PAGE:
''The willingness with which our young people are likely to serve in any war,no matter how justified,shall be directly proportional as to how they perceive the veterans of earlier wars were treated and appreciated by their nation'' --George Washington--
Saturday, 19 April 2014
After a bloody battle a Royal Marine found an enemy camera.
It was a long, hard and often terrifying battle fought in the bitter cold of a midwinter’s night in the South Atlantic. Decades have since passed, but Nick Taylor remembers every detail of the assault on the mountain peaks of the Two Sisters: the snow, the shouting, the rock-strewn ascent through the darkness, the red tracer bullets and exploding mortars launched by the Argentinian troops entrenched on the mountain above. Bayonets were fixed as Nick and his fellow Marines inched up the bleak incline towards the enemy machine guns.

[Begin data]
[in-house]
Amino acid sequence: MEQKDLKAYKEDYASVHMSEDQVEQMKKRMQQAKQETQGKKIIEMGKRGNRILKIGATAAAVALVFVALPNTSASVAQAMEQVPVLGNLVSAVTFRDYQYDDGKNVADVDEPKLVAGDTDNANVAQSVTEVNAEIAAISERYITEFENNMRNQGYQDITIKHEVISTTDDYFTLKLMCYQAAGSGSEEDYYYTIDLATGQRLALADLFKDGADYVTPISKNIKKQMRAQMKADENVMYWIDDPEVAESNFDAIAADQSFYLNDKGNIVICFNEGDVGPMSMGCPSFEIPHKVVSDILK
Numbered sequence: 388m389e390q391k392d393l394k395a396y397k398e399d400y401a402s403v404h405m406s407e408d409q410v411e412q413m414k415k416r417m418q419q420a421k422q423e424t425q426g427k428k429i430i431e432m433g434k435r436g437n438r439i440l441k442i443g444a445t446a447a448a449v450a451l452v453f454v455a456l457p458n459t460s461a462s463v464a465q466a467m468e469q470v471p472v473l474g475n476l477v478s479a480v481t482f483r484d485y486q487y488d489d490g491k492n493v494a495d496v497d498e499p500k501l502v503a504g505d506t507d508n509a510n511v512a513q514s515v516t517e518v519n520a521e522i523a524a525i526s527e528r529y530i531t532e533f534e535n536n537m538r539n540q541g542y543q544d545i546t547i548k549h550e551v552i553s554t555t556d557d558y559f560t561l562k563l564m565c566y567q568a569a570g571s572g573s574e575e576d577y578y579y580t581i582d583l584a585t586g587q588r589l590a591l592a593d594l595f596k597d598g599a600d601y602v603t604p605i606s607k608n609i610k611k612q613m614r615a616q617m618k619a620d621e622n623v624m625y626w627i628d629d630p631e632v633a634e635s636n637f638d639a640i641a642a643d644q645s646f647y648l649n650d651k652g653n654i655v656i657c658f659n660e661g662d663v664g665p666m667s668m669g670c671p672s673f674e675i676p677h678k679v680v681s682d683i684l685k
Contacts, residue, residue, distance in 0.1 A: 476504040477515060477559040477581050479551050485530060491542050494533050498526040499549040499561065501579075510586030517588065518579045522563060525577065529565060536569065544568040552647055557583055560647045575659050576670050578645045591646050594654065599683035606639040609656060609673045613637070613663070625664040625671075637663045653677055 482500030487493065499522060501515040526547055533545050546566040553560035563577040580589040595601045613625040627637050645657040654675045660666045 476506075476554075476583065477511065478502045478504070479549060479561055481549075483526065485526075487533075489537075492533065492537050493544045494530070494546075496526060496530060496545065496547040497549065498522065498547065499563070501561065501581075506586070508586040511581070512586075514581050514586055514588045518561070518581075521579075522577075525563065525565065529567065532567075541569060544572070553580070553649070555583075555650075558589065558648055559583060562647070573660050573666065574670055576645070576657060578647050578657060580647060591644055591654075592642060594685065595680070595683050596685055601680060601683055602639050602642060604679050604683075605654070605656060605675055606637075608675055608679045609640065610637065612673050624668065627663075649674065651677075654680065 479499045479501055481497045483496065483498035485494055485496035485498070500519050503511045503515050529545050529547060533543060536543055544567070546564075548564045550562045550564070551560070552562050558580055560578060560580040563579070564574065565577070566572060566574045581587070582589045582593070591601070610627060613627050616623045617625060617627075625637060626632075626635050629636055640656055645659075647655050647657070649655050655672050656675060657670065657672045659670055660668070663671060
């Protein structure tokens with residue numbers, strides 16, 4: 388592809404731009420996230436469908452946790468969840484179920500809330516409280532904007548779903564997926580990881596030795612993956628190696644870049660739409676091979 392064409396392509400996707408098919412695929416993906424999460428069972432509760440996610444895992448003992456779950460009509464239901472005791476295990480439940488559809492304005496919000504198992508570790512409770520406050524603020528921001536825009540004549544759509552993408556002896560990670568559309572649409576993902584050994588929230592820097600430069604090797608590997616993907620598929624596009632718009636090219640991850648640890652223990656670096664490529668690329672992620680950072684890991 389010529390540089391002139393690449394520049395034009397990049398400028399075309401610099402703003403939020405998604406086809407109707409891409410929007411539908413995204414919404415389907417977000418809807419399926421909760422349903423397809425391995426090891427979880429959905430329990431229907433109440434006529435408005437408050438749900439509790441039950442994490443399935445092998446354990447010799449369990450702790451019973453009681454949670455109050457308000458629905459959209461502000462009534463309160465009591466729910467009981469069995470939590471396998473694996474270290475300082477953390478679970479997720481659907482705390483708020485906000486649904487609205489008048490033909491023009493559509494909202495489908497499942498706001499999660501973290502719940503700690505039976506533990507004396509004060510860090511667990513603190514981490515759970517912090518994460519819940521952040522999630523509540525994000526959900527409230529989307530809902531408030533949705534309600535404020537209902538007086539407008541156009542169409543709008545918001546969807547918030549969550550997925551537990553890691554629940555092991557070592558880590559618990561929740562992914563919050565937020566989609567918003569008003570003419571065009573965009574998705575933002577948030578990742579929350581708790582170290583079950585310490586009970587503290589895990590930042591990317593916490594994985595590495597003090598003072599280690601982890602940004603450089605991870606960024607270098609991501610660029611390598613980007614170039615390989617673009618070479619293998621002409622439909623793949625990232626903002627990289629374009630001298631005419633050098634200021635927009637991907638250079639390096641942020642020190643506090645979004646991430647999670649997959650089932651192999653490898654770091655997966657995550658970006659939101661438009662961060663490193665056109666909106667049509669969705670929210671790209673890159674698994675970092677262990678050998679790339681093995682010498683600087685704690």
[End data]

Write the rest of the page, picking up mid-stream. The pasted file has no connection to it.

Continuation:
Their brave capture of the twin summits in June 1982, was a small moment in history – a strategic victory that opened the way for the liberation of Stanley two days later, and the Falkland Islands themselves.
But for Nick there is a deeper, more personal significance to the terrible events of that night, which is why, 30 years on, he is to be found back on the same slopes, the same Falklands wind beating his face as he embraces a middle-aged lawyer from Buenos Aires. Read more HERE